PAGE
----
November death Arab officials fear that without some
135. That figure overture by the Iraqi government toward
number of U.S. Sunni Arab insurgents, many Sunnis
onth since the Iraq may boycott the Jan. 30 elections, call-
2003. ing into question the legitimacy of the
kyad Allawi, who new administration.
e yesterday, sought Most Arab countries are majority
tions that his meet- Sunni, while an estimated 60 percent of
breakthrough in Iraq's 26 million people are Shiites. Bah-
saying Jordan was rain offered to host an Iraqi reconcilia-
n a tour that would tion conference.

Analysts said Cuba was
eager to avoid the possibility
the dissidents would die
in jail, and also wanted
to signal flexibility to
the European Union.
he said. "I don't know exactly what is going on,
but I think bit by bit they will be released.
"I, at least, will help work for that - espe-
cially for the journalists," he added.
Rivero is among a few professionally trained
Cuban journalists who call themselves indepen-
dent reporters.
He worked many years for Cuban state media,
and was trusted enough to serve a stint in Mos-
cow, Cuba's former backer, before breaking with
Castro's government in 1989. He has published
many volumes of his independent writings and
While in jail, Rivero said he continued to
write. He plans to publish a book of poetry,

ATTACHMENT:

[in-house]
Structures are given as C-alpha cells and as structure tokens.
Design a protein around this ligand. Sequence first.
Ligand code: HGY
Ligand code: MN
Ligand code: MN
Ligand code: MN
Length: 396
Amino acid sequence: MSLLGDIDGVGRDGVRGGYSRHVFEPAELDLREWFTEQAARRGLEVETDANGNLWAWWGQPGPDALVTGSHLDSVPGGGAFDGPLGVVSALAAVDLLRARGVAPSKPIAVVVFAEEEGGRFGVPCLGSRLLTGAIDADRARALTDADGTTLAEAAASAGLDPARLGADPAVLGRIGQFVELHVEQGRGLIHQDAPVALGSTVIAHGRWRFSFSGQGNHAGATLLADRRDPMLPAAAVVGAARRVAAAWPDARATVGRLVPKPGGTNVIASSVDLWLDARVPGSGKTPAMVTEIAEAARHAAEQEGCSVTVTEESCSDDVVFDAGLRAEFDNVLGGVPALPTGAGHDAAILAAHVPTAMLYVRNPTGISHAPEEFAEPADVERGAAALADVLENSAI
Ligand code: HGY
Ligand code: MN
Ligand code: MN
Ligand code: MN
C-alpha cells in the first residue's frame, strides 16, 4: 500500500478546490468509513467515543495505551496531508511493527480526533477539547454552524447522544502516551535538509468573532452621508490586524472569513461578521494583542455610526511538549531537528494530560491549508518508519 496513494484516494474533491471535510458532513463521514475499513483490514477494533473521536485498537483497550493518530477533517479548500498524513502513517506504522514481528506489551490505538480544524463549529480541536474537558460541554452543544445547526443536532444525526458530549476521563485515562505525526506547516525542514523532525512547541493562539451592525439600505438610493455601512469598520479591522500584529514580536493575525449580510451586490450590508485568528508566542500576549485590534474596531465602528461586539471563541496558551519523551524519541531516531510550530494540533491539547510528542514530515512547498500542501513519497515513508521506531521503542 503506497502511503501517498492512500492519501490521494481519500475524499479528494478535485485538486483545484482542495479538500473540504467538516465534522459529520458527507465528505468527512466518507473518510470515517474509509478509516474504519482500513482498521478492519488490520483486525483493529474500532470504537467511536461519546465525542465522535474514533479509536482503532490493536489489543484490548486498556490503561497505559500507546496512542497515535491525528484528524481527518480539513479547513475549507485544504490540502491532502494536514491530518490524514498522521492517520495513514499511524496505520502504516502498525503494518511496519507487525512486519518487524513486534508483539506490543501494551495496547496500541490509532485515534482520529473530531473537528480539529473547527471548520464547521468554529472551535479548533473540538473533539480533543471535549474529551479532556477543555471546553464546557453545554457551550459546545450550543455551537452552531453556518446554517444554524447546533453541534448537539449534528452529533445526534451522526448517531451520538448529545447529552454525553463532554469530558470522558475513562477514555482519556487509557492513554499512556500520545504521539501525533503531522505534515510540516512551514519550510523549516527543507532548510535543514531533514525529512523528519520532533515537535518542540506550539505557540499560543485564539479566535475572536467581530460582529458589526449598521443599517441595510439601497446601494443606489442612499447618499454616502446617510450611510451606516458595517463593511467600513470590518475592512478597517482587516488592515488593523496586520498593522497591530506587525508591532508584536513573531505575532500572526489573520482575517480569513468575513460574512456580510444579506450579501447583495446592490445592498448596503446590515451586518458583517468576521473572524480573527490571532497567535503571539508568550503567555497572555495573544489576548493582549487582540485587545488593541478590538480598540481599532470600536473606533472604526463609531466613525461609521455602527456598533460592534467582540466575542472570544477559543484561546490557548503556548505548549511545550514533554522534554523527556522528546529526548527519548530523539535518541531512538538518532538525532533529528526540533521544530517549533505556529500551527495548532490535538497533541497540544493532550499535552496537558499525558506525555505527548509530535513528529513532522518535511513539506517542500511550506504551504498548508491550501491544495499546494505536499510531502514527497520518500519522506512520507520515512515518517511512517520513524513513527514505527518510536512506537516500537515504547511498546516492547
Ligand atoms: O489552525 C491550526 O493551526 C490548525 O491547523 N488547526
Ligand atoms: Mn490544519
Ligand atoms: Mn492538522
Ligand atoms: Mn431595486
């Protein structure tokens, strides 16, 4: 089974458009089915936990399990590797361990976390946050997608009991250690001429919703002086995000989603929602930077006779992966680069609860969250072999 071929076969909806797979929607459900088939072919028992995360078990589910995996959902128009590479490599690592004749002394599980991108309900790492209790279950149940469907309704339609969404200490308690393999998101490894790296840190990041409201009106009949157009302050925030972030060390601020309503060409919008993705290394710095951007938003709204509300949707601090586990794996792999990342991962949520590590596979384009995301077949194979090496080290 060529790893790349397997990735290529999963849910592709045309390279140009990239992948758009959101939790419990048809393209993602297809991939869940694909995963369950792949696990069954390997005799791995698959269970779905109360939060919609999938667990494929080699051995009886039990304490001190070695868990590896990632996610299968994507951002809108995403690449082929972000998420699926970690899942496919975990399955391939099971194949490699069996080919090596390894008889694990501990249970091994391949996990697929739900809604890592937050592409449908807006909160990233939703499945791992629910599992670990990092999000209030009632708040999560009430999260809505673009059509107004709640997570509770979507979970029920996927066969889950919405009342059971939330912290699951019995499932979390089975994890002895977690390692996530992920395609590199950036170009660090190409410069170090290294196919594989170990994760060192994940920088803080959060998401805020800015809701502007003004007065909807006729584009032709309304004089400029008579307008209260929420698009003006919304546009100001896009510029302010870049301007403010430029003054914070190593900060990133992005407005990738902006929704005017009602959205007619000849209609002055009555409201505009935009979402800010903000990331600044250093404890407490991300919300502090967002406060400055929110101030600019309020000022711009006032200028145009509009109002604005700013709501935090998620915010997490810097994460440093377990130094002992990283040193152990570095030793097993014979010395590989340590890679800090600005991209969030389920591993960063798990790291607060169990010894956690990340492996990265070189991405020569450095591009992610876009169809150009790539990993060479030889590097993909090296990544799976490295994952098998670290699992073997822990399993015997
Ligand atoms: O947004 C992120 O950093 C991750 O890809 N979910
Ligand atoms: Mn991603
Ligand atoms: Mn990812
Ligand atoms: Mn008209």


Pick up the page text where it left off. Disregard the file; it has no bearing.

"Heart Without Rage," as well as memoirs about
his time in prison.
The first 11 months were the hardest, he said,
as he was placed in small cell in solitary confine-
ment. Conditions later improved, but he some-
times clashed with guards when they refused to
give him medicine.
The clashes led to more solitary confinement,
and the occasional suspension of conjugal visits
with his wife, Blanca Reyes. But he said he was
never physically mistreated and even became
friends with several guards.
"It's been a couple of really tense days," Reyes
said, standing by her husband. "It still feels like
it's all a dream. The only time I have been this
happy is when my son was born."
The Paris-based Reporters without Borders,
which campaigned for Rivero's release, said it
was delighted he was freed and called on Cuba
to free another 24 independent journalists still
behind bars.
"Rivero's release is great news for democ-
racy advocates everywhere," the group said.
"But it must not be forgotten that Cuba's human
rights record remains worse than it was before
his arrest, and that the regime still controls the
media and the country with an iron hand."

FTC rolls out free
credit check service

cans who want to make sure their credit
reports are accurate or check their finan-
cial histories can get the information for
free under a program starting today.